Wednesday, November 16, 2011

Greg Hrbek on Writing in an Unreal Vein

In the 33rd in a series of posts on 2011 short story collections entered for The Story Prize, Greg Hrbek, author of Destroy All Monsters (Bison Books), discusses the inspiration for his book.

I don’t have a notebook filled with ideas. I don’t get that many—at least not many worthy of dramatization. My first book was a novel; and I was worried back then that I’d never come up with enough ideas to sustain a writing life. So I’m surprised I wrote the ten stories in this collection. The way I did it was by finding a fundamental concern that I could explore from different angles, which turned out to be parenthood. Only one of the stories approaches this subject realistically. The rest are, to varying degrees, unreal.

I never thought I’d write “fantastic” stuff. I read The Canon in college and pretty much nothing else. The book that changed how I wanted to write was a novel by Scott Bradfield called The History of Luminous Motion. The oldest story in my collection, “Green World” (about a boy on death row in some kind of alternate universe America), was inspired by that novel, which only later did I realize must have been inspired by Steven Millhauser’s Edwin Mullhouse.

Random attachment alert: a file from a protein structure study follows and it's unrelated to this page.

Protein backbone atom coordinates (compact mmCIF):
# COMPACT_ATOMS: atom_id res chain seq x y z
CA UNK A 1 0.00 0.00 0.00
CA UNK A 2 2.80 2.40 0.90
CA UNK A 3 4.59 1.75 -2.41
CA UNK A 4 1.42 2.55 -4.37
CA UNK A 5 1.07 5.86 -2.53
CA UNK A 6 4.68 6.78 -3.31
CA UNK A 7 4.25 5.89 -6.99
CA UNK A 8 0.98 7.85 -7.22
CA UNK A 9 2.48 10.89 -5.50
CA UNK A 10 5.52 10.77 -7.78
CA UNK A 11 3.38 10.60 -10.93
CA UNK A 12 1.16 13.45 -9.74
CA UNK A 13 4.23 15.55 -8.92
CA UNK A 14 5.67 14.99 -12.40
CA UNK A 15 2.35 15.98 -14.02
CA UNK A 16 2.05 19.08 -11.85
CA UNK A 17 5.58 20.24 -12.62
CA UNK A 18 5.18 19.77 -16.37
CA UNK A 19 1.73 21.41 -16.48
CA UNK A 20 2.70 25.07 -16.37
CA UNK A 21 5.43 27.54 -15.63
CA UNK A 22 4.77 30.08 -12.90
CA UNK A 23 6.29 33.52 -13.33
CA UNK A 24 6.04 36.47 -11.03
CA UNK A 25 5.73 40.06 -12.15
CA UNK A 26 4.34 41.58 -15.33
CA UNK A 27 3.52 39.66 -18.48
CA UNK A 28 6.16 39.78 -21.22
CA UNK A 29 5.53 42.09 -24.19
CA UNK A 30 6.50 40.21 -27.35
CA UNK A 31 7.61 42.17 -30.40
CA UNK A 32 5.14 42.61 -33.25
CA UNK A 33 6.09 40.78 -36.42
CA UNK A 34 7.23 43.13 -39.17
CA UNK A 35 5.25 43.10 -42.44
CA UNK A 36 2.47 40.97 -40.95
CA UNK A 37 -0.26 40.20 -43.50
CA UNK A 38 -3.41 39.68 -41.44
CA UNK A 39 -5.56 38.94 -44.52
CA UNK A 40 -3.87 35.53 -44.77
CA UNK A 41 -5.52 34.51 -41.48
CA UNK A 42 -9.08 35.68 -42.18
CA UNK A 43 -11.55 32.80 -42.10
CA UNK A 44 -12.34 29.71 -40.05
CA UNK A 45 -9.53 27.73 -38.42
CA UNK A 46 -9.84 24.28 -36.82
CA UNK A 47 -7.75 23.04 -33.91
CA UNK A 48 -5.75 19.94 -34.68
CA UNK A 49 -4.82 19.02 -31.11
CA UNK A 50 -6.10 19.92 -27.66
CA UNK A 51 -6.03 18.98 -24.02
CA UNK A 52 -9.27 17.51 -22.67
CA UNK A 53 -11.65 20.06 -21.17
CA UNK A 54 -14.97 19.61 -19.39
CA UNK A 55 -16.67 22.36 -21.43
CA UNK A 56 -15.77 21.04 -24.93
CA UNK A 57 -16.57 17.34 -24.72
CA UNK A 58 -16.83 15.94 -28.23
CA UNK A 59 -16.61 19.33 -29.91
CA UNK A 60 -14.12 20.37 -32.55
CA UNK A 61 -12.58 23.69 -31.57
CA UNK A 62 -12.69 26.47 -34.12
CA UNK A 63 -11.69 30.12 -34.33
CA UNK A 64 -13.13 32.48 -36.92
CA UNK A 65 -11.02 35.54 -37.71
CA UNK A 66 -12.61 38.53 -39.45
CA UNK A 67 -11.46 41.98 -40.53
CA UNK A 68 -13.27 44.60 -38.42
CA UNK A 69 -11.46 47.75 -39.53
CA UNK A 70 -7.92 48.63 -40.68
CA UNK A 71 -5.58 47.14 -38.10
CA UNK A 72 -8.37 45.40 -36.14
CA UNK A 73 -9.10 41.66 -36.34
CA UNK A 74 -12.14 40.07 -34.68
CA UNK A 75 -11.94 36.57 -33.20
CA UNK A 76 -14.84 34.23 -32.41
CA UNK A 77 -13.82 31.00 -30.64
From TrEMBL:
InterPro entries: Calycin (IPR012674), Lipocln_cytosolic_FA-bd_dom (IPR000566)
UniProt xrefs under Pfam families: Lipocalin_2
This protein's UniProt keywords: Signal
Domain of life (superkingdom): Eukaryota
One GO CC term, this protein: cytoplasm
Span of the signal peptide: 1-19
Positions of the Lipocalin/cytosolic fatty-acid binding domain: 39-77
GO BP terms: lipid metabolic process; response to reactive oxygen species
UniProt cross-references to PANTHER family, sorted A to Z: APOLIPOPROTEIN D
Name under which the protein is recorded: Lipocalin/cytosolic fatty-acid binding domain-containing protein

Of all contemporary story writers writing in an unreal vein (two of my favorites are Judy Budnitz and Shelley Jackson), Millhauser was the guiding light for this collection. I don’t think there is another living writer who achieves, on the page, a truer sense of flotation between reality and dream. It seems to me you have to go back to Kafka to find such perfectly-struck balance. So my hope is that I wrote some stories which, like little pieces of glass, reflect some of that brilliance.